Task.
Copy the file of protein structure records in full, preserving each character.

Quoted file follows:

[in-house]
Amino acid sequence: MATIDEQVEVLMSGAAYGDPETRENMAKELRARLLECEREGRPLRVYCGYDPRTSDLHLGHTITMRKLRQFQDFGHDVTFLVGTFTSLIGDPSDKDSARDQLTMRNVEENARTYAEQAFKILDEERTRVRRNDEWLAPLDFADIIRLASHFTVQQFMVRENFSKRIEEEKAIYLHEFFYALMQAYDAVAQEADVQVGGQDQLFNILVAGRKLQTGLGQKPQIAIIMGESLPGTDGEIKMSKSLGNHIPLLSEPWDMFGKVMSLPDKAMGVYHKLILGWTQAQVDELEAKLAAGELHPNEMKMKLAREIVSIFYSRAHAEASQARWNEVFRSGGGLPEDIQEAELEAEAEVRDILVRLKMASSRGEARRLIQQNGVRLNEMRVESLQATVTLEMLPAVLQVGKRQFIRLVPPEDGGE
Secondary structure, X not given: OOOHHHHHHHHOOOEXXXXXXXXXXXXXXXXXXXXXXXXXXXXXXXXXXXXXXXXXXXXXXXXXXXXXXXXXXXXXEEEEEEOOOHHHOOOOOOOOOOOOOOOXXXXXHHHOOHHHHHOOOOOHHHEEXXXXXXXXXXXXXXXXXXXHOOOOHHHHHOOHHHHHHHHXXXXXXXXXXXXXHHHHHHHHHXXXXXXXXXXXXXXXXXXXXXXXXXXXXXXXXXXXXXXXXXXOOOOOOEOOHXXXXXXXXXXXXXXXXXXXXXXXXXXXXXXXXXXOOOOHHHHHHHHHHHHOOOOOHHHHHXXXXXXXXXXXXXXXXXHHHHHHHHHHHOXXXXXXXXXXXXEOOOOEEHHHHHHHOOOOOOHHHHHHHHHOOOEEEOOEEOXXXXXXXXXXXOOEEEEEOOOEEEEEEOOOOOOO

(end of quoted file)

[in-house]
Amino acid sequence: MATIDEQVEVLMSGAAYGDPETRENMAKELRARLLECEREGRPLRVYCGYDPRTSDLHLGHTITMRKLRQFQDFGHDVTFLVGTFTSLIGDPSDKDSARDQLTMRNVEENARTYAEQAFKILDEERTRVRRNDEWLAPLDFADIIRLASHFTVQQFMVRENFSKRIEEEKAIYLHEFFYALMQAYDAVAQEADVQVGGQDQLFNILVAGRKLQTGLGQKPQIAIIMGESLPGTDGEIKMSKSLGNHIPLLSEPWDMFGKVMSLPDKAMGVYHKLILGWTQAQVDELEAKLAAGELHPNEMKMKLAREIVSIFYSRAHAEASQARWNEVFRSGGGLPEDIQEAELEAEAEVRDILVRLKMASSRGEARRLIQQNGVRLNEMRVESLQATVTLEMLPAVLQVGKRQFIRLVPPEDGGE
Secondary structure, X not given: OOOHHHHHHHHOOOEXXXXXXXXXXXXXXXXXXXXXXXXXXXXXXXXXXXXXXXXXXXXXXXXXXXXXXXXXXXXXEEEEEEOOOHHHOOOOOOOOOOOOOOOXXXXXHHHOOHHHHHOOOOOHHHEEXXXXXXXXXXXXXXXXXXXHOOOOHHHHHOOHHHHHHHHXXXXXXXXXXXXXHHHHHHHHHXXXXXXXXXXXXXXXXXXXXXXXXXXXXXXXXXXXXXXXXXXOOOOOOEOOHXXXXXXXXXXXXXXXXXXXXXXXXXXXXXXXXXXOOOOHHHHHHHHHHHHOOOOOHHHHHXXXXXXXXXXXXXXXXXHHHHHHHHHHHOXXXXXXXXXXXXEOOOOEEHHHHHHHOOOOOOHHHHHHHHHOOOEEEOOEEOXXXXXXXXXXXOOEEEEEOOOEEEEEEOOOOOOO